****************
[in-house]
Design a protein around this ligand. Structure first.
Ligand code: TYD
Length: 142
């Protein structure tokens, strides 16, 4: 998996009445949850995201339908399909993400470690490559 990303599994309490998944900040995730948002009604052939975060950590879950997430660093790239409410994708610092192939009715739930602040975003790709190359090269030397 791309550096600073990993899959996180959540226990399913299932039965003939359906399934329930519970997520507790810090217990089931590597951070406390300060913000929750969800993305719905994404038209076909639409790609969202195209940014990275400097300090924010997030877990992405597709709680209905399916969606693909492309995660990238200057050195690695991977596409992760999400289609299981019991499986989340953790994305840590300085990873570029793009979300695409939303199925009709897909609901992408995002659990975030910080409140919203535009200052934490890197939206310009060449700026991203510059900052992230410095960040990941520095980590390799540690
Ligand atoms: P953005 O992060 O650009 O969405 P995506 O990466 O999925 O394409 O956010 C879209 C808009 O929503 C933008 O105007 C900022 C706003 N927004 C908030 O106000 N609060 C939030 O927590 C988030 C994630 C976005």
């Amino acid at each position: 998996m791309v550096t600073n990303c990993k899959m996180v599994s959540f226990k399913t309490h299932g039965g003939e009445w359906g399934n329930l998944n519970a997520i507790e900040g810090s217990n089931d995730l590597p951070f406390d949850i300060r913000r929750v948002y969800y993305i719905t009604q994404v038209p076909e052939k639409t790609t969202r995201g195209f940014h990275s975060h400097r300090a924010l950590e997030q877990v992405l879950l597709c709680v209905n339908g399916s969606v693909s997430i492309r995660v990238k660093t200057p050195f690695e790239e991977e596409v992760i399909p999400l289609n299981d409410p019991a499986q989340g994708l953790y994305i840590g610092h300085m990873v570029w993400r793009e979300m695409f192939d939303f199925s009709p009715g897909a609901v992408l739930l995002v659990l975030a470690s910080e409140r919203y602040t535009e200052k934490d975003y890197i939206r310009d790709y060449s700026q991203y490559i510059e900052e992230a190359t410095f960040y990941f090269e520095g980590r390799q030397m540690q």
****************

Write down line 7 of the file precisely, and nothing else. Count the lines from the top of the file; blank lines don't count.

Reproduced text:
């Amino acid at each position: 998996m791309v550096t600073n990303c990993k899959m996180v599994s959540f226990k399913t309490h299932g039965g003939e009445w359906g399934n329930l998944n519970a997520i507790e900040g810090s217990n089931d995730l590597p951070f406390d949850i300060r913000r929750v948002y969800y993305i719905t009604q994404v038209p076909e052939k639409t790609t969202r995201g195209f940014h990275s975060h400097r300090a924010l950590e997030q877990v992405l879950l597709c709680v209905n339908g399916s969606v693909s997430i492309r995660v990238k660093t200057p050195f690695e790239e991977e596409v992760i399909p999400l289609n299981d409410p019991a499986q989340g994708l953790y994305i840590g610092h300085m990873v570029w993400r793009e979300m695409f192939d939303f199925s009709p009715g897909a609901v992408l739930l995002v659990l975030a470690s910080e409140r919203y602040t535009e200052k934490d975003y890197i939206r310009d790709y060449s700026q991203y490559i510059e900052e992230a190359t410095f960040y990941f090269e520095g980590r390799q030397m540690q």